This East Greenland district is intersected by the arctic circle
(about 66,30 N) just 100 km. north of the town Tasillaq on Ammassalik Island.
In the middle of the summer the sun is visible for almost 24 hours, while
at Christmas the days are short and dark. Like the rest of East Greenland
the district of Ammassalik is brushed by a cold sea current running along
the coast from north to south, often carrying huge amounts of broken winter
ice from the sea around North Greenland and the North Pole.
This is called Great-Ice and for long periods of the year navigation is
extremely hazardous and often impossible. Until recent times the district
has therefore been largely isolated from the outside world.
thousand years ago Eskimos (“Sarqaq” and later “Dorset
people”) managed to reach the area - presumably from the North
- by rowing along the shore in boats made from skin. During periods
of unfavourable climatic conditions the isolated communities died out and
the area would be deserted until the next immigration. It would appear that
that the district was uninhabited during most of the most of the Middle
Ages, and that the most recent arrivals of Eskimos ( this time from the
tribe of the “Thule people”) happened came during the 14th or
During the 18th century there were Eskimo settlements along the whole of
the East Greenland coast, including the fjord area by Ammassalik Island.
However, during the 19th century the population fell drastically. First
to die out where the inhabitants of the long stretch of coast from the northernmost
point of the East Greenland coast to just north of Ammassalik. Subsequently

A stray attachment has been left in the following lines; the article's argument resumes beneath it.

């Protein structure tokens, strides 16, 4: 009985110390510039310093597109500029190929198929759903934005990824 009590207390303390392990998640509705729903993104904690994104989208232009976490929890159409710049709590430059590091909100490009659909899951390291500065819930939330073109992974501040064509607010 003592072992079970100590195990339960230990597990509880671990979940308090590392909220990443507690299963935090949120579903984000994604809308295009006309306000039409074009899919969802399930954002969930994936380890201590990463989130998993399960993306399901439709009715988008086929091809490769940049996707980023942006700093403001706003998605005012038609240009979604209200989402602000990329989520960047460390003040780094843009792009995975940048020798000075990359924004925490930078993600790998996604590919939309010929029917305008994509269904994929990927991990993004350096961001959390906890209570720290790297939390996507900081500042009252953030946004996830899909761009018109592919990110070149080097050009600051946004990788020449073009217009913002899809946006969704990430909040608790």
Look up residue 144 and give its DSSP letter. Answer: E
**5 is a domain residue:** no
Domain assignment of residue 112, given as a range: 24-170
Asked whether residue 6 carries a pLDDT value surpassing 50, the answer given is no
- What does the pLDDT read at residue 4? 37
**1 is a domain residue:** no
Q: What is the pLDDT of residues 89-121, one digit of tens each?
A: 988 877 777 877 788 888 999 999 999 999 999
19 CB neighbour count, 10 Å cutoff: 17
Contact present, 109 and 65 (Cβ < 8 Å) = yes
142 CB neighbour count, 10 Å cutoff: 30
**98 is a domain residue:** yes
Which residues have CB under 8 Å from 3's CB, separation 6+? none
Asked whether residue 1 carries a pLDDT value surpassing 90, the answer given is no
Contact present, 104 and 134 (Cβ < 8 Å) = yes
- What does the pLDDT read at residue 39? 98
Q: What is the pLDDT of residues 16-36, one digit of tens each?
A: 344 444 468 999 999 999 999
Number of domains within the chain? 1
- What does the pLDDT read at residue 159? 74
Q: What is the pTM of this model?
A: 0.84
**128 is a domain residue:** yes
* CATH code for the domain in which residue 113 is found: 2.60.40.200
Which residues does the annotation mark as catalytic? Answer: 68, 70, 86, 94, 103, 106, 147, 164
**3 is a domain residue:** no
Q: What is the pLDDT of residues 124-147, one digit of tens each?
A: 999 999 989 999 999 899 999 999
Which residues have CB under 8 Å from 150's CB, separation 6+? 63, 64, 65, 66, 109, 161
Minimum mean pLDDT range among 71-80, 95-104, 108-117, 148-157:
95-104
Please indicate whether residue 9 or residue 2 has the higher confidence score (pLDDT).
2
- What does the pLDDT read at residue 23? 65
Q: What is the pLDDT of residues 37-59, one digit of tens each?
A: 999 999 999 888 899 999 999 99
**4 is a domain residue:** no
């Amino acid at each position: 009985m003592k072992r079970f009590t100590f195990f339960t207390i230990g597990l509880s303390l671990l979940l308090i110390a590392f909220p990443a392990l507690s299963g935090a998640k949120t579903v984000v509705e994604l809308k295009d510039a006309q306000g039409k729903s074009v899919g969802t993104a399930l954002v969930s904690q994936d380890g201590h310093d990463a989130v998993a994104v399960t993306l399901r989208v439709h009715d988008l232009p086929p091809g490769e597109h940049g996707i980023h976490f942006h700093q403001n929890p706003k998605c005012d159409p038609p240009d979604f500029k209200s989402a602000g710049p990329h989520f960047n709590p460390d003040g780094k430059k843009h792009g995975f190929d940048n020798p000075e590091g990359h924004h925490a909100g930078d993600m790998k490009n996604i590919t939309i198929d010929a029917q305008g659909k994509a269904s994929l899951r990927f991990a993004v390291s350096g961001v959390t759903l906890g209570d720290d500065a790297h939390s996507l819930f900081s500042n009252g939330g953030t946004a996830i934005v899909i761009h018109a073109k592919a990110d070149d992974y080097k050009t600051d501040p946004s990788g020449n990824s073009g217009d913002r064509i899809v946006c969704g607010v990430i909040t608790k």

the settlements of the southern part of the east coast became deserted because
of death and emigration to the west coast of Greenland.
During the 18th century several Danish trading stations (colonies) were
established on the west coast of Greenland and the inhabitants gradually
became Christian. Due to the isolation caused by the Great-Ice no such colonisation
of East Greenland took place, and the area remained practically unknown
to anyone outside the local population.
In 1829/30 a Danish expedition led by W.A. Graah travelled along the coast
from Cape Farewell area to the southwestern part of Ammassalik district.
In 1884 the Greenland explorer Gustav Holm succeeded in getting from the
Cape Farewell area right up to Ammassalik Fjord with a small expedition
by sailing close to the coast. “The Women’s Boat Expedition”
as it subsequently was called, wintered on the east side of Ammassalik Island.
Gustav Holm listed a total population of 413 in the small settlements of
In 1892 a new Danish expedition to the area noted that the area noted that
the population had fallen to 294. It was envisaged that the tribe wood soon
perish soon perish and in spite of the very real navigational problems,
the government decided to establish an East Greenland “colony”.
The Trading and Mission Station of Ammassalik” was founded in 1894
in the bay named King Oscar’s Harbour/ Tasiilaq Tasiilaq. The health
and general nutrition of the population improved. The mortality rate fell,
and rate fell, and the population started to increase. In 1914 it reached
599 - and today there are nearly 3000 people in the borough of Ammassalik.
To see more historical photos from our district, have a look at the Danish
Polar Centre’s website www.dpc.dk
women’s boat and kayaks Ammassalik Island, Tasiilaq harbour,
baptised Tabita, to the right Ânôq, baptised Monika. Ammassalik
district, august 1906
- which means “the infallible” an outstanding seal-
and polar bear hunter and drum dancer. Ammassalik district, August
members of The Women’s Boat Expedition. Ammassalik Island, May
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